Research Article | Open Access
Jackson M. Ncebere, Paul G. Mbuthia, Robert M. Waruiru, Peter K. Gathumbi, "Gross and Histopathology of Goats Feeding on Opuntia stricta in Laikipia County, Kenya", Veterinary Medicine International, vol. 2021, Article ID 8831996, 12 pages, 2021. https://doi.org/10.1155/2021/8831996
Gross and Histopathology of Goats Feeding on Opuntia stricta in Laikipia County, Kenya
Various plant species such as Opuntia stricta have developed defensive measures, namely, spines, thorns, and other sharp pointed structures to protect themselves from herbivores and other animals feeding on them. Opuntia stricta has invaded the northern part of Laikipia County, Kenya, and its fruits are protected by small spines called glochids. This study determined the pathology in goats feeding on this plant in Laikipia County. Eighteen goats that had eaten the plant and six others that were raised in a ranch without O. stricta were purchased for the study. All study animals were clinically examined for lesions and euthanized for necropsy examination. Clinically, goats affected by O. stricta had poor body condition, wounds on various body parts, and diarrhea. Variable numbers of O. stricta spines occurred externally on the skin throughout the body and elicited pain, swelling, and ulcerative wounds on affected parts. Internal lesions were observed in subcutaneous tissues (100%), together with stomatitis, cheilitis, gingivitis, glossitis, abomasitis (100%), rumen, reticulum, omasum thinning and loss of papillae (72.2%), esophagitis, and duodenitis (5.6%). Carcasses had gelatinous fat and muscular atrophy. Other gross lesions were generalized viscera atrophy, edema, subcutaneous emphysema, lymphadenopathy, abscesses, ascites, hydrothorax, and hydropericardium. The abomasum wall and its mucosal folds were swollen with edema, haemorrhages, and scattered foci of abscesses. Histopathology confirmed the main lesions in all affected goats were foreign-body granulomas which were located in all organs with gross lesions. Goats from O. stricta-free ranches had no spines or lesions. The pathological effects caused by O. stricta resulted in emaciated goats due to pain, inability to masticate and assimilate food, and stress, resulting in poor carcass and organs quality and possible condemnation and death. This could affect the socioeconomics and livelihoods of communities in the study area, and therefore, the spread of this plant needs to be controlled.
Opuntia stricta variety stricta (Haw.) in the family Cactaceae and genus Opuntia is one of the plants with thorns and spines , and it has invaded the northern part of Laikipia County, Kenya. It has reduced prime grazing land and access to grass [2, 3]. Its cladodes and fruits are protected by thorns and small spines called glochids. Goats, other livestock, and wild animals feed on the ripened fruits, especially during the dry seasons (Figure 1).
This results in attachment of glochids on the skin surfaces and gastrointestinal tract of the animals. These spines injure and cause wounds on points of their attachments. The affected animals become emaciated, have eye problems, show reduced milk production, and eventually die . The cause of progressive loss of body condition and subsequent death of goats feeding on spine-laden O. stricta fruits has not been determined, making it difficult to institute meaningful intervention to manage animals that suffer from O. stricta-related conditions. The aim of this study, therefore, was to determine and document pathological lesions and their distribution in body organs of goats feeding on O. stricta in Laikipia County, Kenya, in order to explain its effects on the health of livestock that feed on it.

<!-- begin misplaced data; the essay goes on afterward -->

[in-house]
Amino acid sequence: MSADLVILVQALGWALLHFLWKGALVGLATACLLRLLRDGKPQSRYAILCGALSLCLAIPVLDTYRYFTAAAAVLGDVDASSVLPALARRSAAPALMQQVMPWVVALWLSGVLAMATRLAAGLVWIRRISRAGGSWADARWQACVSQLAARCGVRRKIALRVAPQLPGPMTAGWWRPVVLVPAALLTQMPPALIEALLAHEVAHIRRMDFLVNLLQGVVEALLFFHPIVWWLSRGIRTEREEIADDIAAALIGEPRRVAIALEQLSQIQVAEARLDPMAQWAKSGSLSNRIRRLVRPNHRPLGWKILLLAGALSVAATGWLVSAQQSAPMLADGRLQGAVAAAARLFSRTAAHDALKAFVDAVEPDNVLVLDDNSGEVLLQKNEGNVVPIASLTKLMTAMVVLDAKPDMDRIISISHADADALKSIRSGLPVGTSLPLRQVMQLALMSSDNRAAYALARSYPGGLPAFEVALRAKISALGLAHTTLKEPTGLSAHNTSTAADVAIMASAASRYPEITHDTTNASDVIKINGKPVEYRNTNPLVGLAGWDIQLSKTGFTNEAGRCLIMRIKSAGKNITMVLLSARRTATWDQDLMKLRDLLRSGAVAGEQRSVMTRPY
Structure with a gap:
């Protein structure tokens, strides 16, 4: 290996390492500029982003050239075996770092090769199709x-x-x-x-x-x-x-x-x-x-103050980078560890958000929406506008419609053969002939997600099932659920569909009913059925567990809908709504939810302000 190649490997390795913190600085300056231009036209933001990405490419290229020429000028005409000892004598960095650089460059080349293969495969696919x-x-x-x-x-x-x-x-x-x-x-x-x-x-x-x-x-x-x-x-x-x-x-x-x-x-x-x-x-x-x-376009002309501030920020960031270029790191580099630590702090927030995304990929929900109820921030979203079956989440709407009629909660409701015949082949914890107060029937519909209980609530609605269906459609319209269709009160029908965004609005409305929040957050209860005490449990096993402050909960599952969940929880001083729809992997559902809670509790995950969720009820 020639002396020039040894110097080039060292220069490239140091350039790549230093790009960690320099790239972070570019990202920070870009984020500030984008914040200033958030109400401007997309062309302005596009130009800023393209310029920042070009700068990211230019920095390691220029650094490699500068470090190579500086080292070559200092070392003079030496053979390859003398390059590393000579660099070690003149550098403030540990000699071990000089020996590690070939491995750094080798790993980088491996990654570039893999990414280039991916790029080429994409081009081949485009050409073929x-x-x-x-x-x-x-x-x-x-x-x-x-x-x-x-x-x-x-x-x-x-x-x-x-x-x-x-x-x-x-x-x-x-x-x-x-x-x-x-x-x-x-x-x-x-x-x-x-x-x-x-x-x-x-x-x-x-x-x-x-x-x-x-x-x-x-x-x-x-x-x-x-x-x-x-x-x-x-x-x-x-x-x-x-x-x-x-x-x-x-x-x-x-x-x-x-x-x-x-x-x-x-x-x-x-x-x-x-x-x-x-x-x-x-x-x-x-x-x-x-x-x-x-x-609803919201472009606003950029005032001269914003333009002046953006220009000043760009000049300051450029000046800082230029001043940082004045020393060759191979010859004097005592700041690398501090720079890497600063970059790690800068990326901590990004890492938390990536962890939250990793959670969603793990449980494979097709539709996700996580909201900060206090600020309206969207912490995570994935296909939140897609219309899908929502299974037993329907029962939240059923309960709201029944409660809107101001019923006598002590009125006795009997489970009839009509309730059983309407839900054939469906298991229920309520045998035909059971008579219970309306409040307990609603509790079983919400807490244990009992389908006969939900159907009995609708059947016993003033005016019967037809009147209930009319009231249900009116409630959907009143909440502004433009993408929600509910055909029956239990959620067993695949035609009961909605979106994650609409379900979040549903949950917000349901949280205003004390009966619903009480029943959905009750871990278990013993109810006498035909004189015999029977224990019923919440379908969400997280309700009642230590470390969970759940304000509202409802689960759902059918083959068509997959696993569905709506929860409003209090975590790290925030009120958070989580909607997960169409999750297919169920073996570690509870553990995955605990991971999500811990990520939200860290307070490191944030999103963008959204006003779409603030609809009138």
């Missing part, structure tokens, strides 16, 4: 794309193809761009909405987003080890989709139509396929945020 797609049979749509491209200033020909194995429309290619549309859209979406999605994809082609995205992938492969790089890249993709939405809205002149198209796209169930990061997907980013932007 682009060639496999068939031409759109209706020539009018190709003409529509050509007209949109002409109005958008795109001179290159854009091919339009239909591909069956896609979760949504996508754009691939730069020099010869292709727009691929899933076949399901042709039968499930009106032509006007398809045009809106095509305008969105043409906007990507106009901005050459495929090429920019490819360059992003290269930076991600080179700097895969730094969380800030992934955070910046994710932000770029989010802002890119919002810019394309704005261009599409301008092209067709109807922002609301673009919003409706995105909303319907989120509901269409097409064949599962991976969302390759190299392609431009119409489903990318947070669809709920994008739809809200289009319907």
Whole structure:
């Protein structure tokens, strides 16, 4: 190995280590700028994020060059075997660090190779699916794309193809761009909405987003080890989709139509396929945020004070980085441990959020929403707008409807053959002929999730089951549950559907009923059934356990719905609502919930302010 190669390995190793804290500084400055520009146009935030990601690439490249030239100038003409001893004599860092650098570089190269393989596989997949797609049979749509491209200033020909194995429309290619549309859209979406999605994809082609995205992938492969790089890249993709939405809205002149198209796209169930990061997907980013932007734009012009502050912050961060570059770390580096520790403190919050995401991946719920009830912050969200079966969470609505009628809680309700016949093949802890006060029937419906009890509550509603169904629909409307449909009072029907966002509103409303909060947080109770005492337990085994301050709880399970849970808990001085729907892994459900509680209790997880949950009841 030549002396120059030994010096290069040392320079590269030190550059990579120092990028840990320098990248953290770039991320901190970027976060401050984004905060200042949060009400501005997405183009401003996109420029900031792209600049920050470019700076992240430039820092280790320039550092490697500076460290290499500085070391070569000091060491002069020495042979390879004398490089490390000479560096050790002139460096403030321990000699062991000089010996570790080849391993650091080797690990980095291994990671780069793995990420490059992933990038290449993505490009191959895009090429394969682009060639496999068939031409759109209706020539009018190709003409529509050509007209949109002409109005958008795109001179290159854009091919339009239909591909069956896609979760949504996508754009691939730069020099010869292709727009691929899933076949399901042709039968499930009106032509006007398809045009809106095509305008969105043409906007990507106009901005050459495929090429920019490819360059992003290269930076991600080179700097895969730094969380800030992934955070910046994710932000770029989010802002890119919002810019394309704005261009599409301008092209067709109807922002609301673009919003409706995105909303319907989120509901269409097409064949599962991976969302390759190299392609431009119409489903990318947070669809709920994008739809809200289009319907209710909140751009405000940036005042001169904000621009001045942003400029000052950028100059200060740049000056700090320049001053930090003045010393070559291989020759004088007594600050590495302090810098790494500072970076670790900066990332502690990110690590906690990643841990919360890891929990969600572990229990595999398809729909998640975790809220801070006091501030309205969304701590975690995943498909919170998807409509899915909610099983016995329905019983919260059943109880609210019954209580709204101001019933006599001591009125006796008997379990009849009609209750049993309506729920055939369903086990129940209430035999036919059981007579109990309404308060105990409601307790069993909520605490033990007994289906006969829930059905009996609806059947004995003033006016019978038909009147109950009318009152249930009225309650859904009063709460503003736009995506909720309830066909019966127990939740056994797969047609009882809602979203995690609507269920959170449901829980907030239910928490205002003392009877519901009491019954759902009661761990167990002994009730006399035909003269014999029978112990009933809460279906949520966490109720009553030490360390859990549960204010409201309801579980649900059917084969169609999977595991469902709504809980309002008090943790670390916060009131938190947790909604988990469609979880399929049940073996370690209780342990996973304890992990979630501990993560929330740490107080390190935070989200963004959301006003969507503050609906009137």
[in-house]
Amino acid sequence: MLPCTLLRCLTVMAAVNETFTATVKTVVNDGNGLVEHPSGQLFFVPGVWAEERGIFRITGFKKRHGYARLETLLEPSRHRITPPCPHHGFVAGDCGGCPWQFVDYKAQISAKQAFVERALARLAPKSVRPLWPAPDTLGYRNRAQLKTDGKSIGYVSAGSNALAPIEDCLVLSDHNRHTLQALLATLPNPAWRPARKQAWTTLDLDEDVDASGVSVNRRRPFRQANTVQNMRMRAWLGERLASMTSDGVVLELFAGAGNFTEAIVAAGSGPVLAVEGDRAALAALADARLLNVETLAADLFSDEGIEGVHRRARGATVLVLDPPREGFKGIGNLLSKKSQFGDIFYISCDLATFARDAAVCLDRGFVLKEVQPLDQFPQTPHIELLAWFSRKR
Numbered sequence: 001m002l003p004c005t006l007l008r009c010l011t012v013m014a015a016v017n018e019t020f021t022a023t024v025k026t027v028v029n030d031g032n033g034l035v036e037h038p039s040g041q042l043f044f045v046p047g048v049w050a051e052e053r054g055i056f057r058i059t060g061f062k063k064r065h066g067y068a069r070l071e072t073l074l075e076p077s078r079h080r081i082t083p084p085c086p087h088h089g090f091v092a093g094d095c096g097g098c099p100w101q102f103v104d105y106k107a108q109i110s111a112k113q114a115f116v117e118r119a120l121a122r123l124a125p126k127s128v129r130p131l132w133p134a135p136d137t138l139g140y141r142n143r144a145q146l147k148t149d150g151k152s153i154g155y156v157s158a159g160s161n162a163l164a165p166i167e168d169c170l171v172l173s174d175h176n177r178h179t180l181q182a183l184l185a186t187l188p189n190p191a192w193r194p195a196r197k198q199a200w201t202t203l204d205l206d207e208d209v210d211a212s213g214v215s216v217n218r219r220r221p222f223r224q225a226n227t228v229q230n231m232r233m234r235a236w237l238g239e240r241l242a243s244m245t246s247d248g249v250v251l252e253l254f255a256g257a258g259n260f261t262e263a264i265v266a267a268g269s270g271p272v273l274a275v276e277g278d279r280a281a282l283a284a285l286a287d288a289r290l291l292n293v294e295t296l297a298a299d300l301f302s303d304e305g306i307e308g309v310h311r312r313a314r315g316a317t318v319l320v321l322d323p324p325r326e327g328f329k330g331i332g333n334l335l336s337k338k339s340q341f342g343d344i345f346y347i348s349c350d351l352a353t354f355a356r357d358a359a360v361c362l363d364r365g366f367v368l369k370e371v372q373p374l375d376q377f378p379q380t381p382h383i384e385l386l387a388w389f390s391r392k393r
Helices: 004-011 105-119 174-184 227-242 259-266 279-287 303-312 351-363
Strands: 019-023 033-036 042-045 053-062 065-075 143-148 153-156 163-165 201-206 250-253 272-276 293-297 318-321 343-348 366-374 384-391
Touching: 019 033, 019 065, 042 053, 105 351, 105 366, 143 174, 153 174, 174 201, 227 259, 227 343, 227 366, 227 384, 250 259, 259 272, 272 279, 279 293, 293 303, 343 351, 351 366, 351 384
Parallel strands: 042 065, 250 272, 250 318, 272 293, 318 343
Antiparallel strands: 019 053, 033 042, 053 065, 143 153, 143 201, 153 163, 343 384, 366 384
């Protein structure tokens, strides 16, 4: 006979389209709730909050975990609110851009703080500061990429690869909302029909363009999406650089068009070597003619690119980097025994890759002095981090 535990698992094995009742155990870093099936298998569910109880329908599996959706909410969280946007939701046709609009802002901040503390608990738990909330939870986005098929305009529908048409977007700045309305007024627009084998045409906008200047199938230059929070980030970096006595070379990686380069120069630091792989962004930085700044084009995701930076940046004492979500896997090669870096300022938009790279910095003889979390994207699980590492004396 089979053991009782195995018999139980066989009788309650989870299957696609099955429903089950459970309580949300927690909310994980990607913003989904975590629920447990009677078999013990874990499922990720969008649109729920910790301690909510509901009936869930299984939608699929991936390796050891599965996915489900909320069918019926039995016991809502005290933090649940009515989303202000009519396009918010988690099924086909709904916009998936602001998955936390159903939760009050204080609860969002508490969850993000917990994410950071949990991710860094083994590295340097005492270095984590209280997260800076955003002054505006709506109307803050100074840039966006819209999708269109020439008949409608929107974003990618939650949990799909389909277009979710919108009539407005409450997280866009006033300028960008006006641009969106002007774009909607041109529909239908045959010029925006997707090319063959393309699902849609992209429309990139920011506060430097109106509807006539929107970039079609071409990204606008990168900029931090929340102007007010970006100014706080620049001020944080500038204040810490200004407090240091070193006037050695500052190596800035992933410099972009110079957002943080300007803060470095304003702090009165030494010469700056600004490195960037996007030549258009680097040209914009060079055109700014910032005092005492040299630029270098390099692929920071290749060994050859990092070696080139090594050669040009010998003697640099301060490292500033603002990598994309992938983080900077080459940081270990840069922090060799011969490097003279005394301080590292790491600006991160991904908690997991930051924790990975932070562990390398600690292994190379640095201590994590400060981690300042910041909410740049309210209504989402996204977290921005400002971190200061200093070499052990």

2. Materials and Methods
2.1. Study Site
The study was carried out in Laikipia North sub-County, Laikipia County in Kenya, between October 2018 and February 2019. Laikipia North sub-County is a purely pastoral zone, and part of it has been invaded by O. stricta plants (Figures 2(a) and 2(b)).
2.2. Study Goats
The use of animals in this study was approved by the Biosafety, Animal Use, and Ethics Committee of the Faculty of Veterinary Medicine, University of Nairobi, Ref: FVMBAUEC/2019/192. Random purposive sampling was used in the selection of adult study goats [4, 5]. Twenty-four (24) small East African goats were purchased for the study. Among these goats, 18 were raised in pasture with abundant growth of the plant and had eaten O. stricta (sick goats) (Figure 3(a)) and 6 were raised in pastures that did not have the plant (Figure 3(b)) and had not eaten the plant (controls).
The sick goats were identified from the rest of the animals in the herd as having been affected by O. stricta based on their manifestation of unique clinical signs associated with the condition, as recognised by pastoralists in the study area. These signs were poor body condition, presence of O. stricta spines on the skin and occurrence of red colouration on the lips and hair coat due to ripened O. stricta fruits, eye problems, and wounds on the lips and oral mucosa. The 18 sick goats were purchased from Mumonyont, Makurian, and Ilpolei locations that are invaded by O. stricta in Laikipia North sub-County. The O. stricta-affected goats were purchased in batches of six goats per location, three goats per household (“manyattas”) that were located about 15 kilometers apart within one location. The households were randomly selected to ensure that O. stricta-affected goats were distributed across the study area. All sick goats were gathered in one of the households in nearby Dol Dol town in the Mukogodo location and provided adequate care and welfare before they were humanely killed at the Dol Dol slaughterhouse. The 6 goats that had not eaten the plant (controls) were purchased from two O. stricta-free ranches (three per ranch) from the Mpala location in the same locality.